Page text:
A congressional spending panel has proposed a 16% cut in funding next year for the social and geosciences at the National Science Foundation (NSF). But you’ll need a magnifying glass and a calculator to come up with that number.
The reduction is buried in a report that accompanies a $51 billion spending bill for 2016 covering numerous federal agencies that was approved Wednesday by the appropriations committee of the U.S. House of Representatives. (Kudos to Richard Jones of the American Institute of Physics, who did the math and reported it yesterday in his FYI blog.) The legislators disregarded pleas from NSF officials and science advocates not to tie the agency’s hands by designating funding levels for individual research directorates rather than the agency’s overall portfolio. It also intensifies a 2-year attack on those disciplines that until now has been led by the House science committee.
The science panel sets policies for NSF, and its controversial America COMPETES Act, which would reduce authorized spending levels for the two disciplines, passed the same day by the full House. But that panel does not control NSF’s purse. The $51 billion spending bill, on the other hand, does set budgets. It would give NSF a $50 million increase, to $7.4 billion—a 0.7% boost that is far short of the 5.2% requested by President Barack Obama.
That small increase masks a much bigger change in NSF’s budget: The reclassification by House Republicans of scientific disciplines into those deemed vital to the nation and those that should not be a priority under tight budget constraints. However, the spending bill seems to go out of its way to hide the budgetary implications of that distinction.
Last week, when the bill was first marked up by the appropriations subpanel chaired by Representative John Culberson (R–TX), he told ScienceInsider, “I want to make the hard sciences a priority—the math and physics and pure science. The fundamental mission of NSF should be those core sciences.” To guide NSF, he said that four directorates—biology, engineering, computer science, and math and physical sciences—should receive 70% of the funding in NSF’s $6 billion research account. (They now receive about 65%.) The rest of the money would be divvied up among the two directorates—social, behavioral, and economic sciences (SBE) and geosciences—and other research-related activities in the account.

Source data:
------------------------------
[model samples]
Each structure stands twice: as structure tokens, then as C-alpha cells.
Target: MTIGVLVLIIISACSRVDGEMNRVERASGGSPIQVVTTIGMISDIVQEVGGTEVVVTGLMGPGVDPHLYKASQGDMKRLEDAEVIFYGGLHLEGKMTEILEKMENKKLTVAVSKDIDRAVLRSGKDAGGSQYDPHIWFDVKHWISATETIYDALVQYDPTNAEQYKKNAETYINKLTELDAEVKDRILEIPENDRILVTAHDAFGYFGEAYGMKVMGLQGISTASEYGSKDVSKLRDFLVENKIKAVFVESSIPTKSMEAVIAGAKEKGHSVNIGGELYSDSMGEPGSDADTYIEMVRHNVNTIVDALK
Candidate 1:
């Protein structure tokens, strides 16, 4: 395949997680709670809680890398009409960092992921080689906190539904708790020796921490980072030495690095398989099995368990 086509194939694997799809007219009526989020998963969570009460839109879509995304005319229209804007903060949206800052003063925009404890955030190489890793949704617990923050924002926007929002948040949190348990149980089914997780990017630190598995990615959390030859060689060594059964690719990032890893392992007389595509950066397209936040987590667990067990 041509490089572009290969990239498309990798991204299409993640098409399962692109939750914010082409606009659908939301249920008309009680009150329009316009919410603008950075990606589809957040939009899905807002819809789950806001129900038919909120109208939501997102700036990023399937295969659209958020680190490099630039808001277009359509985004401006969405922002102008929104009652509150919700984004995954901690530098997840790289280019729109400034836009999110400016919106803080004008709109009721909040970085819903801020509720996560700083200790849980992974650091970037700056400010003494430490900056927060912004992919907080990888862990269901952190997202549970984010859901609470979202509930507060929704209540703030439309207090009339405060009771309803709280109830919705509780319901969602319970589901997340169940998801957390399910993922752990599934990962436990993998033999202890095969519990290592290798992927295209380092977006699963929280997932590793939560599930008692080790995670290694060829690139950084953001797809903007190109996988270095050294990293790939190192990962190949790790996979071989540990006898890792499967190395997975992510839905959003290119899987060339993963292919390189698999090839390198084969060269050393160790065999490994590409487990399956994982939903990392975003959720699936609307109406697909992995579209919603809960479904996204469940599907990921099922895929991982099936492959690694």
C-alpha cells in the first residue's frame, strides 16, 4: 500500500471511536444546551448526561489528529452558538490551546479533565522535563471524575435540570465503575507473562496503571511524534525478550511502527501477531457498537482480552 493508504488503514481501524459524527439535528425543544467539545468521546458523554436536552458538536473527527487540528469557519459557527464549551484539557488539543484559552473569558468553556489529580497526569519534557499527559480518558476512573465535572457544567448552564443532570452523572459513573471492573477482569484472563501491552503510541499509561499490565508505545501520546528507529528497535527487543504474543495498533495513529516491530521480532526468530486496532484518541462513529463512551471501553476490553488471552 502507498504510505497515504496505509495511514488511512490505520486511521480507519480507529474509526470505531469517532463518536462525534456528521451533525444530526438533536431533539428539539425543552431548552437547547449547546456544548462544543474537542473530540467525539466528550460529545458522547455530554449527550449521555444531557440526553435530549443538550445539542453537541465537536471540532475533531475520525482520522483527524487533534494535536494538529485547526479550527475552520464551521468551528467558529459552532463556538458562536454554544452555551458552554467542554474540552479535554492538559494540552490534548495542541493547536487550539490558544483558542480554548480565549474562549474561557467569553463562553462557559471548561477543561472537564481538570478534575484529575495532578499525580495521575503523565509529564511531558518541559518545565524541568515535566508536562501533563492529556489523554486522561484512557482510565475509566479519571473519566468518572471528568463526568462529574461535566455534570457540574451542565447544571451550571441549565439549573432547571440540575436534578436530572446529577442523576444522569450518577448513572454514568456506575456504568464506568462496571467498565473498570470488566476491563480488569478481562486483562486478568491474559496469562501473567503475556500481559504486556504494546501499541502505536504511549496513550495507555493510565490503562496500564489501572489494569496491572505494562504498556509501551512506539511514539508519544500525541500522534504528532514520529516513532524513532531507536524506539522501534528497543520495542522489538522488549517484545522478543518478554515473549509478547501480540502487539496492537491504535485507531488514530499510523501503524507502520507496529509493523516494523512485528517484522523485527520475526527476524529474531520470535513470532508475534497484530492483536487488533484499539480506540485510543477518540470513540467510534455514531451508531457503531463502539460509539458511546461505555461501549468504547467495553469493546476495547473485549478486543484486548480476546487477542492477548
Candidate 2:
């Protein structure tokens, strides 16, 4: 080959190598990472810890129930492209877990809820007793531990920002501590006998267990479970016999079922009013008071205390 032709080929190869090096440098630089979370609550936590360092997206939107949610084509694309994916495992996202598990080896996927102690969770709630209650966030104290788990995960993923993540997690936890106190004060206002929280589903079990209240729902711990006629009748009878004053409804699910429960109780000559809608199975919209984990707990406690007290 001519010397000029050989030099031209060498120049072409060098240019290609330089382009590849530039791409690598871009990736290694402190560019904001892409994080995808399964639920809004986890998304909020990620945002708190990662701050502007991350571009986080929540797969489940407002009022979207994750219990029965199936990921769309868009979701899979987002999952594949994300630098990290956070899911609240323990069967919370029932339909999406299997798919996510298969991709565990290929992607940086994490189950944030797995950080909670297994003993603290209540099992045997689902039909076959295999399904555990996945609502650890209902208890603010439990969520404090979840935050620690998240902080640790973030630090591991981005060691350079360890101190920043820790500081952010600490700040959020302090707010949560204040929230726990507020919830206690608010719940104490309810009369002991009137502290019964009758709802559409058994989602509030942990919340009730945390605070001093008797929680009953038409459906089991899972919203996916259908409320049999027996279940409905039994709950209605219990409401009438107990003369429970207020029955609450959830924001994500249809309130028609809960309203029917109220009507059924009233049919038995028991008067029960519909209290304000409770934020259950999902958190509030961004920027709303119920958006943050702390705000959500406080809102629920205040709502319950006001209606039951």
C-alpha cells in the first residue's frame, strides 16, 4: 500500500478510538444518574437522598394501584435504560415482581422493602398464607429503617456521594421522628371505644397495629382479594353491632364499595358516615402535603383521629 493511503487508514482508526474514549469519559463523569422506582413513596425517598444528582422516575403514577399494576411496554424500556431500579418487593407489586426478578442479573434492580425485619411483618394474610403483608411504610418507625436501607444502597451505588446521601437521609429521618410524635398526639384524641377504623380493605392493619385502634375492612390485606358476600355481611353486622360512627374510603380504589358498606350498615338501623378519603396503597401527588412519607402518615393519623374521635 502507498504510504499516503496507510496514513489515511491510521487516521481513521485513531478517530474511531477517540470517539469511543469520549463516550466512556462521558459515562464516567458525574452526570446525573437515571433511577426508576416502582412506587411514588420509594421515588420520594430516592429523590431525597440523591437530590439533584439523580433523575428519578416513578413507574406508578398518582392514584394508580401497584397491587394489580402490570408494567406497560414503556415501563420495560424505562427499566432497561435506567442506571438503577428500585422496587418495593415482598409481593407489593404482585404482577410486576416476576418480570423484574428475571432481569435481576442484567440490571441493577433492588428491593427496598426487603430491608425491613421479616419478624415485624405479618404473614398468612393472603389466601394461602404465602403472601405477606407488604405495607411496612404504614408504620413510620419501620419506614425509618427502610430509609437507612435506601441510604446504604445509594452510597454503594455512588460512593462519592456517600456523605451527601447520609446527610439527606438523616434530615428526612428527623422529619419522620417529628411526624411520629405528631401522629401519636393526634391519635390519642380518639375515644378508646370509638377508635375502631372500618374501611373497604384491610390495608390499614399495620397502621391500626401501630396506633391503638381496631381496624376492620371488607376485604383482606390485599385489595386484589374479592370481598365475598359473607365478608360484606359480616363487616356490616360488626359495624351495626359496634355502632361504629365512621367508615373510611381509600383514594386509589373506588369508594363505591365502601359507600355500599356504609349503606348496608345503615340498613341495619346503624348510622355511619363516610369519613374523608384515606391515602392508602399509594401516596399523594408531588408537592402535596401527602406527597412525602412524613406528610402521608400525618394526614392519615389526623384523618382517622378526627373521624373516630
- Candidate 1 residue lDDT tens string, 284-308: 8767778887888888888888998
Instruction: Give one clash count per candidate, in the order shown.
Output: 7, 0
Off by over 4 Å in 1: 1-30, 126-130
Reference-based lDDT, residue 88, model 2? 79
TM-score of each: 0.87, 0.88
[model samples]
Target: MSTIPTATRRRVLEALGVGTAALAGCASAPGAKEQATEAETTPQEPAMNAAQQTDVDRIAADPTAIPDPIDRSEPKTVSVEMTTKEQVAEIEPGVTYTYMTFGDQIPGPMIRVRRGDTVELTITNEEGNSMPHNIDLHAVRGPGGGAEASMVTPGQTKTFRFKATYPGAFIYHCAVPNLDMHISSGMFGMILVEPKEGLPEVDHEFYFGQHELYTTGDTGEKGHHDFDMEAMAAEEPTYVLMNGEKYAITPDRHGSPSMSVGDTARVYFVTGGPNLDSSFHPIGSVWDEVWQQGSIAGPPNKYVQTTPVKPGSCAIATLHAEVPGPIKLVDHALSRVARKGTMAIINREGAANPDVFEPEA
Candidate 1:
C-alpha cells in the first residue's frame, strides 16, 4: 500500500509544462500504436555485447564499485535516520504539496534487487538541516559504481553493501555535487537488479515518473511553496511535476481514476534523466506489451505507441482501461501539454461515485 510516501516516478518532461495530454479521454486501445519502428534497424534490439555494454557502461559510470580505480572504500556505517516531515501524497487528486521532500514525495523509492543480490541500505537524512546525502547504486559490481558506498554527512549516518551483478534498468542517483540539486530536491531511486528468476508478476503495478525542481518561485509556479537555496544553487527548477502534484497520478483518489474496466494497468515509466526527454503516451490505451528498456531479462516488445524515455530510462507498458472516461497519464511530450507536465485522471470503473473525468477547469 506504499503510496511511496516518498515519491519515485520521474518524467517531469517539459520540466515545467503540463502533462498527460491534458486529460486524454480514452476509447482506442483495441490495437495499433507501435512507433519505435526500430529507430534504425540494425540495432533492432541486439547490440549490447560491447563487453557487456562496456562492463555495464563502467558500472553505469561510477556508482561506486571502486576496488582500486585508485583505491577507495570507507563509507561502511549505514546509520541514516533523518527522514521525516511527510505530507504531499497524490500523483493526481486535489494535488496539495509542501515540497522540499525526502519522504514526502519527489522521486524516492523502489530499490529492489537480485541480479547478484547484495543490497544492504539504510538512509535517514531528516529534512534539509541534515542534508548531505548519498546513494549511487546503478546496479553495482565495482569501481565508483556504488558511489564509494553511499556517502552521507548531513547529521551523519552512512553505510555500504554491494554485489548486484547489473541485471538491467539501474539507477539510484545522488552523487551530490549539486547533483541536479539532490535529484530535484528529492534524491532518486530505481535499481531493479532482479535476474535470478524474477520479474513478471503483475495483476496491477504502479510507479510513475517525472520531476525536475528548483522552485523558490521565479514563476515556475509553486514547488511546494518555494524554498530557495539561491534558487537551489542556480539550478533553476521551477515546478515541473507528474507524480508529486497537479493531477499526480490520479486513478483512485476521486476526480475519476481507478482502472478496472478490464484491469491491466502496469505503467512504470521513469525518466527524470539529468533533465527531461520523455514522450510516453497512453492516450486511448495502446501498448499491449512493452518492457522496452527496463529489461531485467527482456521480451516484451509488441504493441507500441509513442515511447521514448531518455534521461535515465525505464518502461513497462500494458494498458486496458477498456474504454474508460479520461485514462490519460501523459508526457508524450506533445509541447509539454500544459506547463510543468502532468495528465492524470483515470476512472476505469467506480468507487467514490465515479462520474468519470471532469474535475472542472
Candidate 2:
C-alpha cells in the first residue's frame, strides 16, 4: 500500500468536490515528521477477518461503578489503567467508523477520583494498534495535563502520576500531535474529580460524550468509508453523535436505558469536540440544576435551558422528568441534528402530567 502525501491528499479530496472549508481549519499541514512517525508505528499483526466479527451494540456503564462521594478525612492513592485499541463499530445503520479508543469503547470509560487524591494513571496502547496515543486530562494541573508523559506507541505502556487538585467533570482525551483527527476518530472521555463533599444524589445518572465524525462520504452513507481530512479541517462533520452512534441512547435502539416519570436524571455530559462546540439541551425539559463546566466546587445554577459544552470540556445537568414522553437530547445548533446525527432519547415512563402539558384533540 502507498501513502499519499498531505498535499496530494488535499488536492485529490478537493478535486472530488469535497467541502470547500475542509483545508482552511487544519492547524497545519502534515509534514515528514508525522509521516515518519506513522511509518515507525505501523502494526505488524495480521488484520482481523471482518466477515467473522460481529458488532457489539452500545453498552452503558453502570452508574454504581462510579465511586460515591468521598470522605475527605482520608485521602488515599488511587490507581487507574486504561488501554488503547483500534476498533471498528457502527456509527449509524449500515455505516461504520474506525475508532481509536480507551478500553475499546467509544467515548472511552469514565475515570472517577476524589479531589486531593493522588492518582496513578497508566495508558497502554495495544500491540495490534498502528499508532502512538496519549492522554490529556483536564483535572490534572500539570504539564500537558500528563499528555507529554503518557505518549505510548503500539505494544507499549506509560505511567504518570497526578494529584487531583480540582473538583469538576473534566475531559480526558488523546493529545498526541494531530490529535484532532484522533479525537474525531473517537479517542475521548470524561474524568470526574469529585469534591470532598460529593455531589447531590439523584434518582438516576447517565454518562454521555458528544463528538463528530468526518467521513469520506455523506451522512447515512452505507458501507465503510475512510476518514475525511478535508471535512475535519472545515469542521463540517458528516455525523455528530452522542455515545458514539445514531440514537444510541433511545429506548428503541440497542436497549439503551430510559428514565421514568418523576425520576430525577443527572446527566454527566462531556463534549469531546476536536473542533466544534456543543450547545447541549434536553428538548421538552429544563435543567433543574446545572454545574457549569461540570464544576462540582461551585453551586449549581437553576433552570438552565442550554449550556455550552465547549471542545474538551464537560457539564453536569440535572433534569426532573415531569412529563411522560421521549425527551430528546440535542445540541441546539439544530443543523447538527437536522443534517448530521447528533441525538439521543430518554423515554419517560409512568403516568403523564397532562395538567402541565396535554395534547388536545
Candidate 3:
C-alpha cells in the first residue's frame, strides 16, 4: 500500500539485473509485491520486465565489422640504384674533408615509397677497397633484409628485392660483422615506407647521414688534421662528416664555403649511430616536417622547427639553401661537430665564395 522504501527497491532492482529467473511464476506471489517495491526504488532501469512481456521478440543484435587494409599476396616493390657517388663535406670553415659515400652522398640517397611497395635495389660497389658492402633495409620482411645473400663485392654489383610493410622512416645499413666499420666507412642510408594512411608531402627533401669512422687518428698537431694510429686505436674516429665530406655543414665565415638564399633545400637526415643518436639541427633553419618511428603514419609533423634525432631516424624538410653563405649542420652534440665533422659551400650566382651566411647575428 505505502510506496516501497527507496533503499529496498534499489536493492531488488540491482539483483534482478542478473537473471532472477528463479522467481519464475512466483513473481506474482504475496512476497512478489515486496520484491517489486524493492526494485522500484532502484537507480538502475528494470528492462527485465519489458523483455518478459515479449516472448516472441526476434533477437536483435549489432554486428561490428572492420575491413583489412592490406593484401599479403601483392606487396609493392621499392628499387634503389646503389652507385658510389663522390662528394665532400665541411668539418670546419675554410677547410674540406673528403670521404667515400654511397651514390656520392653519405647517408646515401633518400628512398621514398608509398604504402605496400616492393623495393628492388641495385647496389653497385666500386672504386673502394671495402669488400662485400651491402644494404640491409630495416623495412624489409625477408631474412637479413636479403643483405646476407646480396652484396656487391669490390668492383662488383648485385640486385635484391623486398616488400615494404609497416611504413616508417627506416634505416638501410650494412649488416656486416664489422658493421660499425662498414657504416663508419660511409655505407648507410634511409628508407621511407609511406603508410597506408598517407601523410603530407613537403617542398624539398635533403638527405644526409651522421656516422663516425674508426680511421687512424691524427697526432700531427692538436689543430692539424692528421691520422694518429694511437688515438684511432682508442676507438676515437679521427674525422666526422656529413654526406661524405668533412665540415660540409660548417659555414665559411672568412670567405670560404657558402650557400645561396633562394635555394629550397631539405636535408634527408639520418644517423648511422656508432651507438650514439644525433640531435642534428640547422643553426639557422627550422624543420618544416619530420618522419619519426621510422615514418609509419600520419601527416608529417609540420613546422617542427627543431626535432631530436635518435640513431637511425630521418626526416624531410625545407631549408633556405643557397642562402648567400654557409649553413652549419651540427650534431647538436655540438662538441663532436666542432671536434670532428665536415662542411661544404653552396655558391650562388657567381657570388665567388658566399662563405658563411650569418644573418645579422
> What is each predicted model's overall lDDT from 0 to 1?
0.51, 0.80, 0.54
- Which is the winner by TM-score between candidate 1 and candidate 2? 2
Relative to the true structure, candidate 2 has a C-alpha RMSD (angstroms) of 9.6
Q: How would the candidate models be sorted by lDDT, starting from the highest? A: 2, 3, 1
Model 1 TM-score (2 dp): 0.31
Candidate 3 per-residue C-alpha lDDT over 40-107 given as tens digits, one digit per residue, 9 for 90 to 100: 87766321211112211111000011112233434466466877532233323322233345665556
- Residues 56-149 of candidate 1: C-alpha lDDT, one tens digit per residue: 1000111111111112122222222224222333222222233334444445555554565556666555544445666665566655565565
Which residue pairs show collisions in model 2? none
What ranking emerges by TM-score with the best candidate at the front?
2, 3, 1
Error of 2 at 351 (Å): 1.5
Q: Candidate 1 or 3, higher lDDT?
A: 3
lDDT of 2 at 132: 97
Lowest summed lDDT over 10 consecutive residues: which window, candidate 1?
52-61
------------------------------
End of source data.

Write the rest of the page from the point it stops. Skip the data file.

But Culberson wasn’t telling the whole story. The bill’s report language, made public on Wednesday, reveals that Culberson has sheltered those other activities, which include an instrumentation program, graduate research fellowships, and a long-running initiative to help states that receive small amounts of NSF funding, by freezing their budgets at 2015 levels. That stipulation, combined with the application of the 70% rule, leaves SBE and geo with only $1.32 billion between them in 2016. That’s a $255 million drop from their current combined total of $1.57 billion, a reduction of 16.2%. Those numbers never actually appear in the report language, however.
With Washington clearing out for the Memorial Day holiday weekend, science advocates were scrambling to keep up with the news. But they clearly aren’t happy.
"APA strongly opposes the proposed National Science Foundation funding limitations included in the FY16 House appropriations bill just passed out of subcommittee,” says Heather O'Beirne Kelly, head of government relations for the American Psychological Association in Washington, D.C., whose members include researchers as well as practitioners. “As a nation, we simply cannot afford to roll back support for science—particularly the sciences that ask and address questions critical to understanding human behavior and societal problems.”